OpenSSRF Learning Trail

Electromagnetic spectrum is a critical resource. SSRF data exchange can help systems use spectrum efficiently and effectively; enabling wireless systems and communications without interference.

Learning Trail Index


Standard Spectrum Resource Format (SSRF) is a standardized data format for exchanging spectrum management-related data.

While the original scope of use for SSRF is within the Department of Defense (DOD) many of the business processes enabled by SSRF are also required for commercial spectrum management and by national spectrum regulators and administrators as they introduce dynamic spectrum sharing rules and regulations.


SSRF is a component technology supporting a number of DOD spectrum operations and systems. These include GEMSIS, Coalition Joint Spectrum Management Planning Tool (CJSMPT), Spectrum XXIO, Stepstone and others.

Common goals for these various systems are enabled by SSRF and include:

  • Transform spectrum operations to a responsive and agile capability to request, assign, allocate, and deconflict portions of the electromagnetic spectrum
  • End-to-end spectrum supportability frequency assignment
  • Software definable radio waveform spectrum management support
  • Strategic spectrum management planning
  • Modeling and simulation for mission planning, rehearsal, and acquisition
  • Increased common picture of spectrum situational awareness of friendly and hostile forces

Use in a Commercial Spectrum Access System (SAS)

It is anticipated that SSRF will be an important supporting technology for a Spectrum Access System (SAS). This has commercial interest specifically for a Spectrum Access System (SAS) for the 3550-3650 MHz band (3.5 GHz band), as proposed in the FCC's 3.5 GHz NPRM (GN Docket No. 12-354).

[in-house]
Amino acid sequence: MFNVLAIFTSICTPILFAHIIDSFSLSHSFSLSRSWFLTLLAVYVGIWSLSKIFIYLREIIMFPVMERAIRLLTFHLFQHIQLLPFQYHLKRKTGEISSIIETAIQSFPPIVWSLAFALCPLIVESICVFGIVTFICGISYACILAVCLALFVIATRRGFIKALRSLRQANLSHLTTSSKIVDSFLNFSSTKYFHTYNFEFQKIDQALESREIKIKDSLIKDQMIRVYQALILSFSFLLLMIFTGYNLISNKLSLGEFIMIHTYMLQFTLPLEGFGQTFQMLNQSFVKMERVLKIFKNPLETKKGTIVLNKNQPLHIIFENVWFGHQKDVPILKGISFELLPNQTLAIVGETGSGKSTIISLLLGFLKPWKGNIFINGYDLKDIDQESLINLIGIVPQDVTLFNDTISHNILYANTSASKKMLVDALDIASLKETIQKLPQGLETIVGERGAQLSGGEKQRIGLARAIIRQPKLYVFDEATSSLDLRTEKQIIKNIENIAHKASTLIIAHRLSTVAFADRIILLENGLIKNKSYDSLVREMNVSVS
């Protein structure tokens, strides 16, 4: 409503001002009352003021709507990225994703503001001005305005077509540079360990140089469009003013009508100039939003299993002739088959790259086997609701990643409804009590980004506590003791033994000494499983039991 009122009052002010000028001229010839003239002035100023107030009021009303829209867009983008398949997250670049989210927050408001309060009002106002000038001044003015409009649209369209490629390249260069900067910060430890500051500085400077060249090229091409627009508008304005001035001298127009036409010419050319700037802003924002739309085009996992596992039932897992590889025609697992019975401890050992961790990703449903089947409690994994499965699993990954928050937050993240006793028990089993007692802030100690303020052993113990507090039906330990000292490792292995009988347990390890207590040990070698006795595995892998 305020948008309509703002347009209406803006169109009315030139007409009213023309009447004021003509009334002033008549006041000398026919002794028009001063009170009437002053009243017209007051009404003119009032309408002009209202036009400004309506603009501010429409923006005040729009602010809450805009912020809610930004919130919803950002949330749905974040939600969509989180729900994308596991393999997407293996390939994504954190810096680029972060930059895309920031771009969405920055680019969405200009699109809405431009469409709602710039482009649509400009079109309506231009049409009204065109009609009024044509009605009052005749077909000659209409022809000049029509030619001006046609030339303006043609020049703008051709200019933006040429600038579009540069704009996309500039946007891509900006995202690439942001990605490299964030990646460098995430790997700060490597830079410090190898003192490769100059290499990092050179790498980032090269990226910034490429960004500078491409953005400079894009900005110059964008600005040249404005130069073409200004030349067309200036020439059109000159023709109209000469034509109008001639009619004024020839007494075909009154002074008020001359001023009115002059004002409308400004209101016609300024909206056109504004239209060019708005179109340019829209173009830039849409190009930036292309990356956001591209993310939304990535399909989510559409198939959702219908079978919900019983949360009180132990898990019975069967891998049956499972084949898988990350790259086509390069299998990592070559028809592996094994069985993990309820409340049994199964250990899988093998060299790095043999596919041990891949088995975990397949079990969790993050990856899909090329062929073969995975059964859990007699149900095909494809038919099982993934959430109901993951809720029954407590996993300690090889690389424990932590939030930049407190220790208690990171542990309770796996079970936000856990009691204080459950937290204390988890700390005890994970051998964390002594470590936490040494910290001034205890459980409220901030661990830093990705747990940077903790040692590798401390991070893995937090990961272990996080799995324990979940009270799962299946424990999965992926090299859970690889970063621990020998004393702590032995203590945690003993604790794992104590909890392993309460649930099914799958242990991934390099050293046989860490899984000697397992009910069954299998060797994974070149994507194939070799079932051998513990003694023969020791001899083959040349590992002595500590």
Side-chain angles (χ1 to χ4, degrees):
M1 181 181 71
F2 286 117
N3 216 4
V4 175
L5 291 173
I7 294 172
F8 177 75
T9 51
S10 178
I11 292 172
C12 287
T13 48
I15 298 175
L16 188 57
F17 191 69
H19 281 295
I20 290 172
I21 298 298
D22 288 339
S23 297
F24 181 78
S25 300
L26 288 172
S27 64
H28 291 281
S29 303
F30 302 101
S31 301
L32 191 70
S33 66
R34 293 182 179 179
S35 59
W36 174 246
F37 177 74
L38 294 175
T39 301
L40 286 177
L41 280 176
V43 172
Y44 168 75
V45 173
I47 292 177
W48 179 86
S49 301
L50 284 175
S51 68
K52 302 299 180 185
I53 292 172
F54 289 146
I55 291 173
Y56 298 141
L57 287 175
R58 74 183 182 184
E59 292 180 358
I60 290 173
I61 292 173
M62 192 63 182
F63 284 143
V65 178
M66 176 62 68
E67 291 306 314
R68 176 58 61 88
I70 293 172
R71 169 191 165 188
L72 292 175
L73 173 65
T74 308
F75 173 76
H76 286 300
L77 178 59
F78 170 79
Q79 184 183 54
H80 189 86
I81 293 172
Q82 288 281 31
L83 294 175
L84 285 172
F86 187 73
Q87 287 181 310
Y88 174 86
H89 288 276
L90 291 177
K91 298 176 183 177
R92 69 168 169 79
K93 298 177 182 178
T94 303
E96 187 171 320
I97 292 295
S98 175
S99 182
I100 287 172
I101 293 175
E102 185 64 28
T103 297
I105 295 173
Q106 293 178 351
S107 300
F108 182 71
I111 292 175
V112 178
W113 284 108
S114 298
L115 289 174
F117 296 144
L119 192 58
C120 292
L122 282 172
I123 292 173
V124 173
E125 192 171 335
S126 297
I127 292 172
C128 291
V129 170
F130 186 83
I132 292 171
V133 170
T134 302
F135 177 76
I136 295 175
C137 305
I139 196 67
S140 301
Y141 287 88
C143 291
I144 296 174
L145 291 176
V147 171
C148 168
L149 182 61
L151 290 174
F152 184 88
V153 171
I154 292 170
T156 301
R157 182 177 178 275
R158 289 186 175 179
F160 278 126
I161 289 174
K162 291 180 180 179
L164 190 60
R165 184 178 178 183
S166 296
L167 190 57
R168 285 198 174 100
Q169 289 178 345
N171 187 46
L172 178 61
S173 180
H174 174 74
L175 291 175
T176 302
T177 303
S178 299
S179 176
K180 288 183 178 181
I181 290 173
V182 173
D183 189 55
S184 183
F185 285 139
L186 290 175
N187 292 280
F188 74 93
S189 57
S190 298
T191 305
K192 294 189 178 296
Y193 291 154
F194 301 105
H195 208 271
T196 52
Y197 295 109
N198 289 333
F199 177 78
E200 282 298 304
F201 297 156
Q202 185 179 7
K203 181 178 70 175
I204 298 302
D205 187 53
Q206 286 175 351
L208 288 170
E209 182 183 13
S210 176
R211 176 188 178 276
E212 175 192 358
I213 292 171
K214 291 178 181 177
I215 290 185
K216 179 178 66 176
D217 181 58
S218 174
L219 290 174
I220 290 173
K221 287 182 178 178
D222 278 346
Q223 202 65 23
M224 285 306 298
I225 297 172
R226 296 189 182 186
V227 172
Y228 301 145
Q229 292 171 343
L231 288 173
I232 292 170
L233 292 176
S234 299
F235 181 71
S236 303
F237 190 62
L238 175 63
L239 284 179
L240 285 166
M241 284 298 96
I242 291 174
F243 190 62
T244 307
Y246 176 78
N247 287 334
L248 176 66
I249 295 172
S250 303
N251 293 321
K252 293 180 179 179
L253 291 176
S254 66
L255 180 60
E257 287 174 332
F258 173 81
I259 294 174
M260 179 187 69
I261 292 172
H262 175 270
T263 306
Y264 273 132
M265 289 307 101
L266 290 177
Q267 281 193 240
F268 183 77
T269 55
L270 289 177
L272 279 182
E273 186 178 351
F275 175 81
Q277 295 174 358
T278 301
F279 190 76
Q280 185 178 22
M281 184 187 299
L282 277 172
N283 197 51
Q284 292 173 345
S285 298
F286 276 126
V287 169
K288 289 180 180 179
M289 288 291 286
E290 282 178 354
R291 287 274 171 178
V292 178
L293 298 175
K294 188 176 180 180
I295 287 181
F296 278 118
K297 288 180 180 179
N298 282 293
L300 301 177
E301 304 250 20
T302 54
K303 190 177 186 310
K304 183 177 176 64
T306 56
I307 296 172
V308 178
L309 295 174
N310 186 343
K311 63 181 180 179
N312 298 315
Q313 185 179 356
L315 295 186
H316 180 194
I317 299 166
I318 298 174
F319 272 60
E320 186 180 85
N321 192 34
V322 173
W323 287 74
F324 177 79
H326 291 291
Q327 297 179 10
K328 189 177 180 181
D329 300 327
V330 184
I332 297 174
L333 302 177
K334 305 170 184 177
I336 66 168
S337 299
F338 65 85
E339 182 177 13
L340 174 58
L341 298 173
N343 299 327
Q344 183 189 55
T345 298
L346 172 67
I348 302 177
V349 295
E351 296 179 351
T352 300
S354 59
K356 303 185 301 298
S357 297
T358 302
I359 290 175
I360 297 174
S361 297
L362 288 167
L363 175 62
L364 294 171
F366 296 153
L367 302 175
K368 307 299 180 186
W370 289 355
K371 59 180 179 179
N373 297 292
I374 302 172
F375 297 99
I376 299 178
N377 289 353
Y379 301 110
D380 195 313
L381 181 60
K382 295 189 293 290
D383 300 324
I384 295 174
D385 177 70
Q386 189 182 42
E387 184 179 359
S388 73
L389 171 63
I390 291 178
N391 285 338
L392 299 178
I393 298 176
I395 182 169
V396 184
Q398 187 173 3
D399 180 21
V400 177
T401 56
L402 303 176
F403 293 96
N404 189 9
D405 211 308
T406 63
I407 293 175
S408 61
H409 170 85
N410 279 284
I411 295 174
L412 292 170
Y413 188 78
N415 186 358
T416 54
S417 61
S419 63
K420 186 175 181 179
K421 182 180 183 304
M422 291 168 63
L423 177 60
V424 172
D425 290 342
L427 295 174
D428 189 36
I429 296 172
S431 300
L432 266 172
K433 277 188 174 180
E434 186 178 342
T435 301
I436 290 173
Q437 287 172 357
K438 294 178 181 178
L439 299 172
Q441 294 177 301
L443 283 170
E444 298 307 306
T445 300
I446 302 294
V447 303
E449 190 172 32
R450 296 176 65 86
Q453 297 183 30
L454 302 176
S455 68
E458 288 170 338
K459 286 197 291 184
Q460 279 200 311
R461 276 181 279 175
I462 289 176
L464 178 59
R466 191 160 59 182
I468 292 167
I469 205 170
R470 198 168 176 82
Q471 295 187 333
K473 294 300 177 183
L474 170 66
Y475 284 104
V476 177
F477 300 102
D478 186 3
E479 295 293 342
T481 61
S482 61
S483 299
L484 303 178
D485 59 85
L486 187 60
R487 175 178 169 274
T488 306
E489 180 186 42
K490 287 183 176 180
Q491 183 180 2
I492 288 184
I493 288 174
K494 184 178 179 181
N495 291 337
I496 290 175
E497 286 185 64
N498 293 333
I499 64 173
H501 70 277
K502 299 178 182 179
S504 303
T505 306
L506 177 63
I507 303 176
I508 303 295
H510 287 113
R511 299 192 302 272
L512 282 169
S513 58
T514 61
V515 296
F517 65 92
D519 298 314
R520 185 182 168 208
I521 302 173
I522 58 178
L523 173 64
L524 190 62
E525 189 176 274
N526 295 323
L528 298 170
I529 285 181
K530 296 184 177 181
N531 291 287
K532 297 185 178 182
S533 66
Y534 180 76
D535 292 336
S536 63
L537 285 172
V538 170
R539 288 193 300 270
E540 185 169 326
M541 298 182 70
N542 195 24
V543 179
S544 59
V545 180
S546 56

In a SAS we expect SSRF will be used to convey technical details and IEEE 1900.5.2 used when crossing security domains and to determine compatibility

As described in the 3.5 GHz NPRM, several high-level functions may be required for the proposed SAS to operate successfully:

  • First, the SAS would need access to a dynamic stream of location-specific spectrum usage and interference data.
  • Second, it would need a baseline set of standardized methods for interpreting and operating on this data to determine allowable operations across the various tiers of users.
  • Third, it would need to identify proper remedies to interference issues in a timely manner and communicate these instructions back to operational network nodes.
  • Finally, the SAS could use additional data from connected network nodes to monitor, and if necessary, enforce compliance by participating network nodes.

A high-level illustration of some of these concepts is shown below.

The 3.5 GHz NPRM proposes a three-tier, license-by-rule authorization framework that would facilitate rapid broadband deployment while protecting existing incumbent users of the 3.5 GHz Band. 3 Under this proposal, access to the 3.5 GHz Band would be governed by a dynamic SAS, building on the TV White Spaces database concept.

The 3.5 GHz NPRM proposes that the SAS would manage three service tiers: